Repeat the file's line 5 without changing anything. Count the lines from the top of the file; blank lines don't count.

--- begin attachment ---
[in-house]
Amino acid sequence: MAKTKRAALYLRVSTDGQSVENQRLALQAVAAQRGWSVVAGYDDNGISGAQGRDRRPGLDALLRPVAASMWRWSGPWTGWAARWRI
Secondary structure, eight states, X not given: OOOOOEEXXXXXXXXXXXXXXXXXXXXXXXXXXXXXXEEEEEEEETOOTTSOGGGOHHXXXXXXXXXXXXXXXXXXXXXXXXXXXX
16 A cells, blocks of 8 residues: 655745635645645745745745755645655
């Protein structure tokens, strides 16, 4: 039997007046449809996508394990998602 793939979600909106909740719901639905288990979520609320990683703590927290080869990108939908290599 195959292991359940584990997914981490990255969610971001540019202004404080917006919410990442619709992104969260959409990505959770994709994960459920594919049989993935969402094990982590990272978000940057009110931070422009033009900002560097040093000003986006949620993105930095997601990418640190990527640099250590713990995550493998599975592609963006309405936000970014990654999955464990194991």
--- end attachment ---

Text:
């Protein structure tokens, strides 16, 4: 039997007046449809996508394990998602 793939979600909106909740719901639905288990979520609320990683703590927290080869990108939908290599 195959292991359940584990997914981490990255969610971001540019202004404080917006919410990442619709992104969260959409990505959770994709994960459920594919049989993935969402094990982590990272978000940057009110931070422009033009900002560097040093000003986006949620993105930095997601990418640190990527640099250590713990995550493998599975592609963006309405936000970014990654999955464990194991």